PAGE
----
Opportunities are many in our region

It’s been only a few weeks since General Motors made its announcement to not allocate a new vehicle to the Lordstown complex after it halts Chevy Cruze production here in March, and we already are feeling the effects.

Last week we learned of just the first trickle of economic setbacks triggered by the GM decision when Mercy Health announced it is indefinitely delaying the possibility of building a massive new St. Joseph Warren Hospital in Howland’s Enterprise Park. While development was still very early in the planning stages, it brought the possibility of new construction jobs for our area’s skilled trades workers, coupled by the promise of new permanent jobs and the possibility of a proposed medical education center with partnerships between Mercy Health, Kent State University at Trumbull and Youngstown State University.

Instead, the area’s economic uncertainly triggered by the recent news of GM Lordstown was specifically outlined in the letter Mercy officials released Dec. 14 to the hospital’s employees and doctors, stating that the possibility of building in Enterprise Park would be placed on “indefinite hold.”

That, of course, is not even to mention the lost jobs that continue to be reported daily — beginning with more than a thousand jobs at the GM Lordstown complex, and now hundreds more either announced or expected at the area’s automotive suppliers.

Further trickle-down effects will be felt in the area’s retailers, service providers and many other businesses.

Sadly, a national Associated Press story out of Detroit published last week described GM’s plans to lay off 14,000 workers corporate-wide as possibly not “as bad as originally projected.” That assessment was based on the premise GM is now saying that 2,700 of the 3,300 U.S. factory jobs slated for elimination will be saved because displaced workers may to transfer to other GM factories where jobs are being added.

In what universe does GM believe that news should be viewed as positive?

Workers are being displaced, and in the cases where it is even slightly desirable for them to seek a transfer, it still will leave a massive structure vacant — at least in the short term — stopping the flow of income taxes and other financial stability in the Mahoning Valley and triggering the drastic trickle-down effect that we already are beginning to see.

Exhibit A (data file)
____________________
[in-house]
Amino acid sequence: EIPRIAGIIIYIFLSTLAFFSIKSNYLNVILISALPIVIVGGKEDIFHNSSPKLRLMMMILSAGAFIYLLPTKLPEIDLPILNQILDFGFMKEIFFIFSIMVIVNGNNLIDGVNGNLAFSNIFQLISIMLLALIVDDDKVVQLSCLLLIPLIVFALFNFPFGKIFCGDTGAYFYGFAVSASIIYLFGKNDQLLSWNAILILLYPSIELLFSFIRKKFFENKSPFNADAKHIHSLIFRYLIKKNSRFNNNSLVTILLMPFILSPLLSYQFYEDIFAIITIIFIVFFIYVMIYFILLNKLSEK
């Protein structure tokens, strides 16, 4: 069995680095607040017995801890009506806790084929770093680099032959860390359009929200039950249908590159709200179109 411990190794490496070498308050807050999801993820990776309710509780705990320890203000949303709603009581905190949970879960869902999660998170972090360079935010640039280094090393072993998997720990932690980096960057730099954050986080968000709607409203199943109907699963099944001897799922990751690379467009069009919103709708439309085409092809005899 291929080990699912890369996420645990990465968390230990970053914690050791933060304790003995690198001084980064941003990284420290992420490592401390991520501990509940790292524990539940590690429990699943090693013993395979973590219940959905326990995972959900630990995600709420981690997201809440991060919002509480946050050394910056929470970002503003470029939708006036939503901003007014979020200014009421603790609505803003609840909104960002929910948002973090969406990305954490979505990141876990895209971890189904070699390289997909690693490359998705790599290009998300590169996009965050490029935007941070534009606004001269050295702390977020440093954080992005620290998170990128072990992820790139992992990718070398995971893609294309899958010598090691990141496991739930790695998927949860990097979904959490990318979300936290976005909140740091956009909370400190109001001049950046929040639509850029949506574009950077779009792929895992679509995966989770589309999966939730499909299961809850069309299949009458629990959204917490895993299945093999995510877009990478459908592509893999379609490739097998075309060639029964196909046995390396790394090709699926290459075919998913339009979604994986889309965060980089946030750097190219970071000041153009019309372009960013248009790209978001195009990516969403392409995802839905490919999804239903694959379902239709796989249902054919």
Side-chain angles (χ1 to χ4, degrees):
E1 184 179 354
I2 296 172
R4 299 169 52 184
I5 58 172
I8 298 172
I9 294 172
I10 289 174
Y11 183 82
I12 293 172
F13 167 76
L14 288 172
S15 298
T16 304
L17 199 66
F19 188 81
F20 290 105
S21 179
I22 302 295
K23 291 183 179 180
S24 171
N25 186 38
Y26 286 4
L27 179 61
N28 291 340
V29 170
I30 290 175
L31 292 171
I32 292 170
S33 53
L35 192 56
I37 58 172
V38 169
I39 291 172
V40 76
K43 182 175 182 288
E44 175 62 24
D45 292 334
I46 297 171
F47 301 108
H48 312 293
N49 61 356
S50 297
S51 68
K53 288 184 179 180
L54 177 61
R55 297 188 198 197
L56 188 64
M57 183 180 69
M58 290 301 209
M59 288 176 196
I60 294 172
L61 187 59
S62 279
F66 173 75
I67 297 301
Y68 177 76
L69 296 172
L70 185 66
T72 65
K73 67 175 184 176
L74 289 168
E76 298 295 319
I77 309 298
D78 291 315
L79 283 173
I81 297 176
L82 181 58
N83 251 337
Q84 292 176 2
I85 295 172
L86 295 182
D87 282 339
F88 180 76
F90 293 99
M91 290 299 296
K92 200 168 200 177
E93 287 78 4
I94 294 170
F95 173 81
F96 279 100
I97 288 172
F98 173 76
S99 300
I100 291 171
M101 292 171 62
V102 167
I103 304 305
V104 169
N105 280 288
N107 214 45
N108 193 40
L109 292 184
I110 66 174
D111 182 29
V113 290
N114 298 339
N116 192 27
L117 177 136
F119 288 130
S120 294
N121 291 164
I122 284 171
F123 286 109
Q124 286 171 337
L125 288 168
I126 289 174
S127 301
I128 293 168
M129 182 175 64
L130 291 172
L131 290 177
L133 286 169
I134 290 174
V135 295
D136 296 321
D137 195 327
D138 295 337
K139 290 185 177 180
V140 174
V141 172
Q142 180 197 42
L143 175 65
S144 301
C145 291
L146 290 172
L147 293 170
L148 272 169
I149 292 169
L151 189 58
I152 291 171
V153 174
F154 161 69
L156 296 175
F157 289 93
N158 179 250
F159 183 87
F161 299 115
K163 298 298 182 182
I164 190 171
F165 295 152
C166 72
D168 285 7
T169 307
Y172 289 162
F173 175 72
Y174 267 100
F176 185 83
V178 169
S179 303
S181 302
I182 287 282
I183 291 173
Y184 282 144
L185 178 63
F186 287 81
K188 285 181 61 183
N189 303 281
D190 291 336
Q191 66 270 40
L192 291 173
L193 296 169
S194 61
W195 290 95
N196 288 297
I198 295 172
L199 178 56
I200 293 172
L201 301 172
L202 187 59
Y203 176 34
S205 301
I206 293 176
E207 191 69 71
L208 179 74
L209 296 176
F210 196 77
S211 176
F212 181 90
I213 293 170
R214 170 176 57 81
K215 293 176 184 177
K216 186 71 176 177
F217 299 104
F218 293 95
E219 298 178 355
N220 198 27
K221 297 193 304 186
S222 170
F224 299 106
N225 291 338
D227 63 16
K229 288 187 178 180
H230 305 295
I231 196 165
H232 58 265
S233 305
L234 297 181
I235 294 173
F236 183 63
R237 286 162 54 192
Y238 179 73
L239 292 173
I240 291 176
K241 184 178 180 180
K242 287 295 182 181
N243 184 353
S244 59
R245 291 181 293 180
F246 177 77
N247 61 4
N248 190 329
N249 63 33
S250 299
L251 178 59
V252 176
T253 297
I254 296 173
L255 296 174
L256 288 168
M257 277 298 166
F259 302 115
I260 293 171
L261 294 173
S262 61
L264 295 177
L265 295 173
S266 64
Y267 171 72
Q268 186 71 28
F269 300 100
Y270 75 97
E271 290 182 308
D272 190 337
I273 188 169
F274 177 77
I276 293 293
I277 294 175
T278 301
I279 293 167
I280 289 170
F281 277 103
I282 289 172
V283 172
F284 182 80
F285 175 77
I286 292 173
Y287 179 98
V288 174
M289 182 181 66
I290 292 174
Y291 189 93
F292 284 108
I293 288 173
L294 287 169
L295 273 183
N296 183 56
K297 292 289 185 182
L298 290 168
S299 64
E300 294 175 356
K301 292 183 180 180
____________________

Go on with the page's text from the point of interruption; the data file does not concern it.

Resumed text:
Workers who do choose to relocate will be forced to decide between uprooting their families from their homes and schools or dividing their families.

The only good news that might arise from this announcement will be if GM changes its mind and allocates manufacture of a new vehicle to the Lordstown plant or if a new employer takes interest in this very marketable facility and opts to take it over, providing new opportunities for economic growth here.

Certainly, our Valley has been through similar hard times before, and we always have bounced back. We continue to be the home for countless hardworking men and women who stand ready to go to work in manufacturing. If those opportunities are not available, then many are prepared to be trained in new skills, still willing to demonstrate the work ethic for which Northeast Ohio is widely known.

We hope GM changes its mind and realizes the benefits of doing business here that would be lost should they pull out. In the meantime, we hope other employers realize the immense opportunities that are available here and come to take advantage.